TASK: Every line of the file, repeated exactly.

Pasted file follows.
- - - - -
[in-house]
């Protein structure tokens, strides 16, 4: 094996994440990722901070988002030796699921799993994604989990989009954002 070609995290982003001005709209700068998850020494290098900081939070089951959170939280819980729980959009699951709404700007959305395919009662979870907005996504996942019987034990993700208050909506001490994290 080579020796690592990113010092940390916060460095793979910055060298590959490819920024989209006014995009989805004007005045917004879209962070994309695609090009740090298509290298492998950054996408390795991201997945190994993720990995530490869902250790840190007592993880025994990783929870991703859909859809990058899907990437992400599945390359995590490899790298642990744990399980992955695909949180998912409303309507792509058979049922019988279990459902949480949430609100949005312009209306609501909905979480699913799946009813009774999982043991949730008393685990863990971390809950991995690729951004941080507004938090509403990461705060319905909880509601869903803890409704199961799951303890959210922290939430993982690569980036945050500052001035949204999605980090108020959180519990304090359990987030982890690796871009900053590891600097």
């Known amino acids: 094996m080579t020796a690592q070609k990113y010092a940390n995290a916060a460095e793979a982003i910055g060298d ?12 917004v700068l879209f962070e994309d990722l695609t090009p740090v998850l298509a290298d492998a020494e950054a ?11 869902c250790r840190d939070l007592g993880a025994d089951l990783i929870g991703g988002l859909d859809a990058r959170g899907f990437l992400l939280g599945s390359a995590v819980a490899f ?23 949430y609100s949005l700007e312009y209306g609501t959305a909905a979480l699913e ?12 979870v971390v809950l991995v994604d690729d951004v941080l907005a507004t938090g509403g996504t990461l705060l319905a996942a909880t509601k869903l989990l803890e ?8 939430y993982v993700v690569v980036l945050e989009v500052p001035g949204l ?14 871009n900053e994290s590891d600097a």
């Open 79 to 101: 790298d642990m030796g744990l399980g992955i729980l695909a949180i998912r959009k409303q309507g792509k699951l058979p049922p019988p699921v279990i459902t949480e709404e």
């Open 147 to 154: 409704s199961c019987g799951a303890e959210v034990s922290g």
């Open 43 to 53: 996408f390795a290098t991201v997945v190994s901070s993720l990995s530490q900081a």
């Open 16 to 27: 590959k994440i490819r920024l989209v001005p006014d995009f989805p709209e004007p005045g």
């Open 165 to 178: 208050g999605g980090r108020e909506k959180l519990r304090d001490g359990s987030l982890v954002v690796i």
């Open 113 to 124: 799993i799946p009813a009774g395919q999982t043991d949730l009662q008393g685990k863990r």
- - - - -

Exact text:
[in-house]
């Protein structure tokens, strides 16, 4: 094996994440990722901070988002030796699921799993994604989990989009954002 070609995290982003001005709209700068998850020494290098900081939070089951959170939280819980729980959009699951709404700007959305395919009662979870907005996504996942019987034990993700208050909506001490994290 080579020796690592990113010092940390916060460095793979910055060298590959490819920024989209006014995009989805004007005045917004879209962070994309695609090009740090298509290298492998950054996408390795991201997945190994993720990995530490869902250790840190007592993880025994990783929870991703859909859809990058899907990437992400599945390359995590490899790298642990744990399980992955695909949180998912409303309507792509058979049922019988279990459902949480949430609100949005312009209306609501909905979480699913799946009813009774999982043991949730008393685990863990971390809950991995690729951004941080507004938090509403990461705060319905909880509601869903803890409704199961799951303890959210922290939430993982690569980036945050500052001035949204999605980090108020959180519990304090359990987030982890690796871009900053590891600097």
């Known amino acids: 094996m080579t020796a690592q070609k990113y010092a940390n995290a916060a460095e793979a982003i910055g060298d ?12 917004v700068l879209f962070e994309d990722l695609t090009p740090v998850l298509a290298d492998a020494e950054a ?11 869902c250790r840190d939070l007592g993880a025994d089951l990783i929870g991703g988002l859909d859809a990058r959170g899907f990437l992400l939280g599945s390359a995590v819980a490899f ?23 949430y609100s949005l700007e312009y209306g609501t959305a909905a979480l699913e ?12 979870v971390v809950l991995v994604d690729d951004v941080l907005a507004t938090g509403g996504t990461l705060l319905a996942a909880t509601k869903l989990l803890e ?8 939430y993982v993700v690569v980036l945050e989009v500052p001035g949204l ?14 871009n900053e994290s590891d600097a």
């Open 79 to 101: 790298d642990m030796g744990l399980g992955i729980l695909a949180i998912r959009k409303q309507g792509k699951l058979p049922p019988p699921v279990i459902t949480e709404e």
């Open 147 to 154: 409704s199961c019987g799951a303890e959210v034990s922290g």
């Open 43 to 53: 996408f390795a290098t991201v997945v190994s901070s993720l990995s530490q900081a």
């Open 16 to 27: 590959k994440i490819r920024l989209v001005p006014d995009f989805p709209e004007p005045g």
């Open 165 to 178: 208050g999605g980090r108020e909506k959180l519990r304090d001490g359990s987030l982890v954002v690796i």
């Open 113 to 124: 799993i799946p009813a009774g395919q999982t043991d949730l009662q008393g685990k863990r």